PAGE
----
SINGAPORE- Asian refining margins for jet fuel rose to their highest levels since March 2020 on Tuesday as scheduled airline capacity in some countries were increased amid easing COVID-19 travel restrictions.
Despite firmer feedstock crude prices, refining margins or cracks for jet fuel climbed to $7.91 per barrel over Dubai crude during Asian trading hours, from $7.74 per barrel a day earlier.
However, scheduled capacity in China fell by 605,000 seats or 3.9% this week, following a rise in COVID-19 infections in the Fujian province, which in turn pushed the global seat capacity lower by 0.3% to 78.8 million seats in the week to Monday, OAG data showed.
Global airlines this week have removed 20 million seats from their schedules for the rest of 2021, OAG said.
Cash differentials for jet fuel flipped back to a discount of 6 cents per barrel to Singapore quotes on Tuesday, compared with a premium of 10 cents per barrel a day earlier.
Meanwhile, cash premiums for gasoil with 10 ppm sulphur content GO10-SIN-DIF rose 8 cents to 45 cents per barrel to Singapore quotes, a level not seen since July last year.
CONSOLIDATION IN AIR LEASING SECTOR
- AerCap AER.N expects further consolidation of the global aircraft leasing sector in the wake of its takeover of General Electric's GE.N aircraft leasing business, which is due to close before the end of the year, a senior executive said.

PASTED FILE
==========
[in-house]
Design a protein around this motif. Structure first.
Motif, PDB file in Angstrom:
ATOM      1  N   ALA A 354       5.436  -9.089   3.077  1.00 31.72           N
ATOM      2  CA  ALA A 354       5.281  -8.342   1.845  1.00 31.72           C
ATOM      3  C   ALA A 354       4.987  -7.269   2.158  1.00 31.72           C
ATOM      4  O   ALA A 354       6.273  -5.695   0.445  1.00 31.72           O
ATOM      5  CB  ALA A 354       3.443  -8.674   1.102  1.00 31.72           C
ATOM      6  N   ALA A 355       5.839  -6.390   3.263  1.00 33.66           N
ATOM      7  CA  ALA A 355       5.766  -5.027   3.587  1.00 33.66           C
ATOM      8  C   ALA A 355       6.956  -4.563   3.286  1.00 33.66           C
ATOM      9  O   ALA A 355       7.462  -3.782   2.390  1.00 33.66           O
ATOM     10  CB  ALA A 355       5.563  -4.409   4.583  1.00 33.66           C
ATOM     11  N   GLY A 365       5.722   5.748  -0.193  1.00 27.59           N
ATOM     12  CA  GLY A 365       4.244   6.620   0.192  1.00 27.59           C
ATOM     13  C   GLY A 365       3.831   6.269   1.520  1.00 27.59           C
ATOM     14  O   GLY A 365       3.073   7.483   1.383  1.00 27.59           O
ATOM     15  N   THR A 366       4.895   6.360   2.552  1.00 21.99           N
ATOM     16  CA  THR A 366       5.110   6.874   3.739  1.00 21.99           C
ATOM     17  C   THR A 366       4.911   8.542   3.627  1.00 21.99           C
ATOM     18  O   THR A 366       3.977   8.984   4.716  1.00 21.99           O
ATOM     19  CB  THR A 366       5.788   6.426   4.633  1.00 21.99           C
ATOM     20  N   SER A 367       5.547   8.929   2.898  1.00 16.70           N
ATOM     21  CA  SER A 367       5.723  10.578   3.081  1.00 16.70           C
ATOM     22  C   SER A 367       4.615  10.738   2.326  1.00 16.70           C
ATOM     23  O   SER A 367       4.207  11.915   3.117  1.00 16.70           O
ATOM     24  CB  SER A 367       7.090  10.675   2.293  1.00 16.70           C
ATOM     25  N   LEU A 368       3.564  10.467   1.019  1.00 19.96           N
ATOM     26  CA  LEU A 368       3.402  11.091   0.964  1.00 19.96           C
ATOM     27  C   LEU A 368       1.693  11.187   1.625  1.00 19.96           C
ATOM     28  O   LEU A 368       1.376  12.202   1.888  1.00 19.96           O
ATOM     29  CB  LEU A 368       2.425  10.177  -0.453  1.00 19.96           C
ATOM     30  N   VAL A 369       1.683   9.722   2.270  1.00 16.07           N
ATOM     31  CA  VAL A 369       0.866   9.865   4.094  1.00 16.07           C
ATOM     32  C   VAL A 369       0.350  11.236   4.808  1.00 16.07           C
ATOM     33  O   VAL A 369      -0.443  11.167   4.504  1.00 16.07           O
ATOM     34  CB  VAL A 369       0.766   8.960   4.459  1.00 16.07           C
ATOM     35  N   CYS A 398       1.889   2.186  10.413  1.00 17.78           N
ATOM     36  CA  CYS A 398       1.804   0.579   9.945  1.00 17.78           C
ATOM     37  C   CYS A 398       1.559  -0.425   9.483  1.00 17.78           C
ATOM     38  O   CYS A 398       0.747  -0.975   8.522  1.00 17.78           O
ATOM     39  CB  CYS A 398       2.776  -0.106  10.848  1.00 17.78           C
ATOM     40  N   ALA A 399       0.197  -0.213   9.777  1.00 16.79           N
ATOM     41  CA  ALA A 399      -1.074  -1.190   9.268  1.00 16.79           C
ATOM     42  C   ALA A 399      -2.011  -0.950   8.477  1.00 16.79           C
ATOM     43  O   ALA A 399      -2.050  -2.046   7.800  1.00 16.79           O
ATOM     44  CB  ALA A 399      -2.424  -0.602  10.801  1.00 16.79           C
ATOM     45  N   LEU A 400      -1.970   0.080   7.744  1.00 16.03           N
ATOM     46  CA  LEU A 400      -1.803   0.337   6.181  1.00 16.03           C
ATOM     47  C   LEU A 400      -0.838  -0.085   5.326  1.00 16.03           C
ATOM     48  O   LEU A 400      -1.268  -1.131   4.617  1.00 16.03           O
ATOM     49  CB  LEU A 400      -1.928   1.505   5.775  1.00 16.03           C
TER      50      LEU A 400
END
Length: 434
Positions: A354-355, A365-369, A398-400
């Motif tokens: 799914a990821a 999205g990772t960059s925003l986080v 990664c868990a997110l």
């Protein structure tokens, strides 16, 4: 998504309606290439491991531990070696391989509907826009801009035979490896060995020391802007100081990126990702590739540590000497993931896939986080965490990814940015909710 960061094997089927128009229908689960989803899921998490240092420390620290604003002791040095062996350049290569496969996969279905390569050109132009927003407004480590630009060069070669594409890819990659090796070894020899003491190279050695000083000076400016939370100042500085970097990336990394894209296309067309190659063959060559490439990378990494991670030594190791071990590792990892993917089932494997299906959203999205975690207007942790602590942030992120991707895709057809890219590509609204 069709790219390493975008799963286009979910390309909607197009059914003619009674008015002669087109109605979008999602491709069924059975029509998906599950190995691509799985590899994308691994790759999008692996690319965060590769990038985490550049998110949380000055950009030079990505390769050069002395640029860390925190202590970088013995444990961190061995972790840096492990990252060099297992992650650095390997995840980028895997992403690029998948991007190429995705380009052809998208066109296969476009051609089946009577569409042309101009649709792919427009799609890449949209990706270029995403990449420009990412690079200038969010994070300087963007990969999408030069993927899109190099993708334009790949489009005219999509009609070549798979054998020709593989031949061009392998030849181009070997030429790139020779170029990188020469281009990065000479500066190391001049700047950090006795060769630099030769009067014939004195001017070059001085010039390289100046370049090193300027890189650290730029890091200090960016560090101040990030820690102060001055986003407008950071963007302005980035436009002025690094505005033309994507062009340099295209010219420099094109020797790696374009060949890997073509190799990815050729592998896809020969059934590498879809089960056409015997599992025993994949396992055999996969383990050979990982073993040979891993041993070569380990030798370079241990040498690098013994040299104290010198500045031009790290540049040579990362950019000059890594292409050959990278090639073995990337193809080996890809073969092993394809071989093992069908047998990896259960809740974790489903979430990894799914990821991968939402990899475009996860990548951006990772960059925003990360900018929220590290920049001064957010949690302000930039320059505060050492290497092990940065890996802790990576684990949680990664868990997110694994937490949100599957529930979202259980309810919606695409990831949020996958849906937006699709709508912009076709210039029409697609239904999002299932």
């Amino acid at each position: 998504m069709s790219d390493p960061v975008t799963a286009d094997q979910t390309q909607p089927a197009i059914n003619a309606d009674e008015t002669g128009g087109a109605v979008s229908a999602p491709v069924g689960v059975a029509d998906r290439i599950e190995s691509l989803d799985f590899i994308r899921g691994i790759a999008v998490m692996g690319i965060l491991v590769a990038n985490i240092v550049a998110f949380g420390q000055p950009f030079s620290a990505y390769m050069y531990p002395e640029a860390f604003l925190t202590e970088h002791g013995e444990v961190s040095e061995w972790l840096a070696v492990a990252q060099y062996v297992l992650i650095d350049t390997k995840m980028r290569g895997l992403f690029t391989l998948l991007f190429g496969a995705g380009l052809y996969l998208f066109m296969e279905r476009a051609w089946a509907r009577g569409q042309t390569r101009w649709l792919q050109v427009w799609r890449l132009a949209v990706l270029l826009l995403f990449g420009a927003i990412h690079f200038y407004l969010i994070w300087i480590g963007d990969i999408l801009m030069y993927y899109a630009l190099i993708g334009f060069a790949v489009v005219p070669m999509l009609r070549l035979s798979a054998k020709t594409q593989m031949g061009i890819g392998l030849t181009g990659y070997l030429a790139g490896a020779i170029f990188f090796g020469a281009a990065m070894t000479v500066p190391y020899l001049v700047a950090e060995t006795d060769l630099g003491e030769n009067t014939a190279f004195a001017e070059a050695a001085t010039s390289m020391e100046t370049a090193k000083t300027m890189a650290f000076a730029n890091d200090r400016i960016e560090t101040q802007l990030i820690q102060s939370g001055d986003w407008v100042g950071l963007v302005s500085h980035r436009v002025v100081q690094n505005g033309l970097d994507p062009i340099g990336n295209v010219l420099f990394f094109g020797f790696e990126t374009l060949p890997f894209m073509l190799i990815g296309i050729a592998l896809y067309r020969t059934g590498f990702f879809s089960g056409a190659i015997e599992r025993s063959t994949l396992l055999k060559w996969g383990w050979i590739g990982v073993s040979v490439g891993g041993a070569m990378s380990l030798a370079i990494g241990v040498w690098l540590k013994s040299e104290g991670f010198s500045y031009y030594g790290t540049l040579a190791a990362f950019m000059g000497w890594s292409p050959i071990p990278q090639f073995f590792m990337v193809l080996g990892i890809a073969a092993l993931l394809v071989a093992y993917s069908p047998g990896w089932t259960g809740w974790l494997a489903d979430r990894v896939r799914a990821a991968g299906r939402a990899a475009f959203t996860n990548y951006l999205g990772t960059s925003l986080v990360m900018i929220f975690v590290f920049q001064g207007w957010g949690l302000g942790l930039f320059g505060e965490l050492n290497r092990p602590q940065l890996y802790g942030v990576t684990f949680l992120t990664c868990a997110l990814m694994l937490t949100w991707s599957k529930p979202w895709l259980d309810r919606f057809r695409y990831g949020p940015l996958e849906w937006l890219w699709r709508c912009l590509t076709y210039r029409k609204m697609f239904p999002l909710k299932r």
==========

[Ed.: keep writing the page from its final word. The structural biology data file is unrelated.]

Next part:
- Asked at the Airline Economics conference in London if he expected further consolidation, AerCap Chief Commercial Officer Peter Anderson said: "I do ... and frankly it would be welcome. There is enough room in this industry for several large players."
- India's Mangalore Refinery and Petrochemicals Ltd has offered 65,000 tonnes of 10 ppm gasoil for Oct. 11-13 loading from the port of New Mangalore. The tender closes on Sept. 22.
- MRPL was also offering 40,000 or 60,000 tonnes of jet fuel for Oct 13-15 loading in a tender closing on Sept. 23.
SINGAPORE CASH DEALS
- One jet fuel deal, one gasoil trade
- Oil prices rose on Tuesday, after sharp losses the previous session, amid tighter U.S. supplies, ending days of losses as global markets remain haunted by the potential impact on China's economy of a crisis at heavily indebted property group China Evergrande.
Soaring gas prices that threaten to push up winter fuel bills, hurt consumption and exacerbate a near-term spike in inflation are another blow to a world economy just getting back on its feet after the coronavirus shock.
(Reporting by Koustav Samanta; Editing by Ramakrishnan M.) ((email@example.com)( +65 6870 3503)(Reuters Messaging: firstname.lastname@example.org))